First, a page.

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Friday, January 21, 2011 (read 1217 times)

Anyone for tapas?

by Amy Lambert

Having been in Spain for a few weeks now, I’ve had to the chance to try some national cuisine, in the form of tapas, or pinchos, as they are commonly known. Going out for tapas is an important part of Spanish culture and lifestyle as it combines two of the nation’s favourite interests: food and socialising. Tapas are essentially small snacks that the Spanish have with their drinks in bars, and typically consist of many different items, including bread, ham, cheese, tortillas, other cold and hot meats, seafood and potatoes, along with a variety of seasonings and condiments.

As a non-native confronted by a selection of foreign delights, I’ve often had to ask the question "¿Qué lleva?" i.e. "What’s in it?" before I order. So here’s a quick rundown of some typical things you might come across, and what they actually are!

Tortilla: A very typical Spanish dish made with eggs, potatoes and onions. Other ingredients can be added for variety and you may also find them with a layer of filling.

Croquetas: A mix of mashed potato and often other ingredients, including meats and cheese, rolled in breadcrumbs and fried.

Gazpacho: A traditional cold soup made with tomatoes, onions, peppers, cucumber and garlic.

Pan con jamón: A simple dish of bread with ham, which comes in many varieties.

Pan con queso: Bread with cheese.

Patatas bravas: Mashed potato with tomato, seasoning and chilli.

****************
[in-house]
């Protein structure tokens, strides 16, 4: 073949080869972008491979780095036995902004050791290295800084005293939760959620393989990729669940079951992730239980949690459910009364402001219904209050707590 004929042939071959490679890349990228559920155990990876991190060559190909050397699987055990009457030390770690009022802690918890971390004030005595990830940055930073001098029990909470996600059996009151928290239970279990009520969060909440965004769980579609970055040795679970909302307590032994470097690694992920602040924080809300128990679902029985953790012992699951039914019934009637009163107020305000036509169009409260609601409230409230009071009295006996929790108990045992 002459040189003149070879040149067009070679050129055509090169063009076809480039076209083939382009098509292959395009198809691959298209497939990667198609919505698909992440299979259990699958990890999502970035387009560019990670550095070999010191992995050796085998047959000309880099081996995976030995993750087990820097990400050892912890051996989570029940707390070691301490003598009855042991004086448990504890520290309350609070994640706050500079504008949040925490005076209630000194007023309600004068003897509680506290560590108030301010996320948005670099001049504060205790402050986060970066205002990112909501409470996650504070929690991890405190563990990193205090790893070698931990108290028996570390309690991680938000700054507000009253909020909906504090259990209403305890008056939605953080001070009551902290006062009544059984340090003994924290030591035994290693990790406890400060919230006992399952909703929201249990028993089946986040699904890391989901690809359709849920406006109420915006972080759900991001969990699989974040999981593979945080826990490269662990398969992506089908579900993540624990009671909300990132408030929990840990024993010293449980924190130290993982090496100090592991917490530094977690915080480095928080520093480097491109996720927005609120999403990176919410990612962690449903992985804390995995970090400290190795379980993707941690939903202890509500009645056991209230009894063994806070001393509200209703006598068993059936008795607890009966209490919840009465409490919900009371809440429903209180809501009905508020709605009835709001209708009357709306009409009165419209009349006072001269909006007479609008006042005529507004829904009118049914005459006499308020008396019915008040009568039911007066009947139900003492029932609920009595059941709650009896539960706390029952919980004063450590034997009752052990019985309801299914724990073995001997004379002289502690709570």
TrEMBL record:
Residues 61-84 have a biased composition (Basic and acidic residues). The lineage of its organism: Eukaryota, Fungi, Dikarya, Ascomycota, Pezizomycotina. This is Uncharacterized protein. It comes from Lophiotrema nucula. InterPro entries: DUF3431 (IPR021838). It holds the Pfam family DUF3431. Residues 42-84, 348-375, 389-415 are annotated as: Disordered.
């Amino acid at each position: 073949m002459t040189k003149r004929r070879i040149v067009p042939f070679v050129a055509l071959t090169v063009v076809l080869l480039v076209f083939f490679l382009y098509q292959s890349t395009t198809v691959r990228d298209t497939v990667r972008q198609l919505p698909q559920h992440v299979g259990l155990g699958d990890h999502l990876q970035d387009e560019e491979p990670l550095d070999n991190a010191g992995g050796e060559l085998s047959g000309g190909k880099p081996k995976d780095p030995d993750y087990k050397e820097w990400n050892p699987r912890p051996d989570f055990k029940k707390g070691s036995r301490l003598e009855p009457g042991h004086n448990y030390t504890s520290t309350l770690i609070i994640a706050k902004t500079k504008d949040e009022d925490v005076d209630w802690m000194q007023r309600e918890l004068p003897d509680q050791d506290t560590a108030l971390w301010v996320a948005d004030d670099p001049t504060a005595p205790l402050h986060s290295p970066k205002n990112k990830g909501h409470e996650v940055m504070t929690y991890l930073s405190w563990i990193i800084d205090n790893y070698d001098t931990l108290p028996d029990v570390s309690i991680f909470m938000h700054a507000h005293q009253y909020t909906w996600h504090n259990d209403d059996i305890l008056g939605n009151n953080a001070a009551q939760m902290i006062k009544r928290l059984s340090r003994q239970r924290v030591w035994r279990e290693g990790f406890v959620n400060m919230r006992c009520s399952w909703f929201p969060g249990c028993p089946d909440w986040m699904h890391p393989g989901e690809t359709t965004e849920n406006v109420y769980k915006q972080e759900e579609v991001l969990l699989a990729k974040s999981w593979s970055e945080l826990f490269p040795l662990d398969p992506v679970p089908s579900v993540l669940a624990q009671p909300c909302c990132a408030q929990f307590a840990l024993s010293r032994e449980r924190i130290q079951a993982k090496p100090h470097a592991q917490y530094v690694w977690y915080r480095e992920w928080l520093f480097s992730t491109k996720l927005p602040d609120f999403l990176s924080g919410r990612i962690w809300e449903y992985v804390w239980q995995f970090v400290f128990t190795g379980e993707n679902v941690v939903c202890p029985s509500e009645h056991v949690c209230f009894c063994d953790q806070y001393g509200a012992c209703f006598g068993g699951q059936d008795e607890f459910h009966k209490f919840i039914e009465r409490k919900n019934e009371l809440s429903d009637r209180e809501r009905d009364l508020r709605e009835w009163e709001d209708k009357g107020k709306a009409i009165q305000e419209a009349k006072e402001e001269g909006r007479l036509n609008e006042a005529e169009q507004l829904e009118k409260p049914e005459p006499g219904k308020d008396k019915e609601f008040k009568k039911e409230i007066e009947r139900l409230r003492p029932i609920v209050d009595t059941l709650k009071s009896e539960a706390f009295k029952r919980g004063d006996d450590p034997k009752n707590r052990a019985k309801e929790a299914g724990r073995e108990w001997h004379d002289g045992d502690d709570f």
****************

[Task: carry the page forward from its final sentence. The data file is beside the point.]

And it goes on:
Chorizo: Traditional Spanish sausage, usually sliced.

Lomo: Sliced pork, considered one of the best parts of the meat and sometimes eaten in a sandwich or with a sauce.

Bacalao: The Spanish word for salt cod, this has a delicate taste and is often served in batter.

Costillas. Pork ribs.

Sometimes, however the contents can be surprising! Especially when it comes to pork, the nation’s most popular meat, the Spanish don’t let any part of the animal go to waste, meaning that many tapas bars will offer tongue, tail and more. For the more adventurous among you, why not try these delicacies on your next visit to Spain:

Morro: Meat from the pig’s face.

Jeta: Also the face, but fried to give it a tougher chewier texture.

Oreja: Pig’s ear.

Rabo de toro: Bull’s tail.

Callos: Tripe, sometimes served with a tomato sauce.

Morcilla: Black pudding, or ‘blood sausage’.

Lengua: Tongue.

Obviously it goes without saying that this is all washed down with a good vino tinto (red wine) or a caña (a small beer), and it’s perfect for when you get a little bit peckish in the evenings. ¡Que aproveche!

Photo by: Duul58

Keywords: spain, tapas, pinchos, food


1 » Jim (on Friday, January 21, 2011) said:

Gazpacho doesn't have onion in it.

2 » adrián (on Friday, January 21, 2011) said:

Sorry Jim, but gazpacho has onions

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